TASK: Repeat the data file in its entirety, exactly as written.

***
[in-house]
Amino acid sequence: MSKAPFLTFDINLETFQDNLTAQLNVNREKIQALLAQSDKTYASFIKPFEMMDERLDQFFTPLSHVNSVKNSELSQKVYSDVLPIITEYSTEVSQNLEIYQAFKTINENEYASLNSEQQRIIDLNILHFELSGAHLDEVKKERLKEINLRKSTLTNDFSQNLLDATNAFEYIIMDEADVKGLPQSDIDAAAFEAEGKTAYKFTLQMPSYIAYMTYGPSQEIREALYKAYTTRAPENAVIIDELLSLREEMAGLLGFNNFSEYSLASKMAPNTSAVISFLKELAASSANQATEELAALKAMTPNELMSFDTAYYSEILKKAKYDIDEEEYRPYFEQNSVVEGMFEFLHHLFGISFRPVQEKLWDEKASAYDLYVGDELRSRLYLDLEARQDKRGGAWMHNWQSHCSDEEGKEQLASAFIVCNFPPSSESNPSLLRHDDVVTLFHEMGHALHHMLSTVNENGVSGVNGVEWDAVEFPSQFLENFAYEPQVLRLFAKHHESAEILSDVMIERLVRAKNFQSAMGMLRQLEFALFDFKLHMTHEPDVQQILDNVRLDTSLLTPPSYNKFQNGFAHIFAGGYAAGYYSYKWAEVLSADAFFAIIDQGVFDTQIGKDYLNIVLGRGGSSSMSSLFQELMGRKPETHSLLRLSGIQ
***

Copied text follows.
[in-house]
Amino acid sequence: MSKAPFLTFDINLETFQDNLTAQLNVNREKIQALLAQSDKTYASFIKPFEMMDERLDQFFTPLSHVNSVKNSELSQKVYSDVLPIITEYSTEVSQNLEIYQAFKTINENEYASLNSEQQRIIDLNILHFELSGAHLDEVKKERLKEINLRKSTLTNDFSQNLLDATNAFEYIIMDEADVKGLPQSDIDAAAFEAEGKTAYKFTLQMPSYIAYMTYGPSQEIREALYKAYTTRAPENAVIIDELLSLREEMAGLLGFNNFSEYSLASKMAPNTSAVISFLKELAASSANQATEELAALKAMTPNELMSFDTAYYSEILKKAKYDIDEEEYRPYFEQNSVVEGMFEFLHHLFGISFRPVQEKLWDEKASAYDLYVGDELRSRLYLDLEARQDKRGGAWMHNWQSHCSDEEGKEQLASAFIVCNFPPSSESNPSLLRHDDVVTLFHEMGHALHHMLSTVNENGVSGVNGVEWDAVEFPSQFLENFAYEPQVLRLFAKHHESAEILSDVMIERLVRAKNFQSAMGMLRQLEFALFDFKLHMTHEPDVQQILDNVRLDTSLLTPPSYNKFQNGFAHIFAGGYAAGYYSYKWAEVLSADAFFAIIDQGVFDTQIGKDYLNIVLGRGGSSSMSSLFQELMGRKPETHSLLRLSGIQ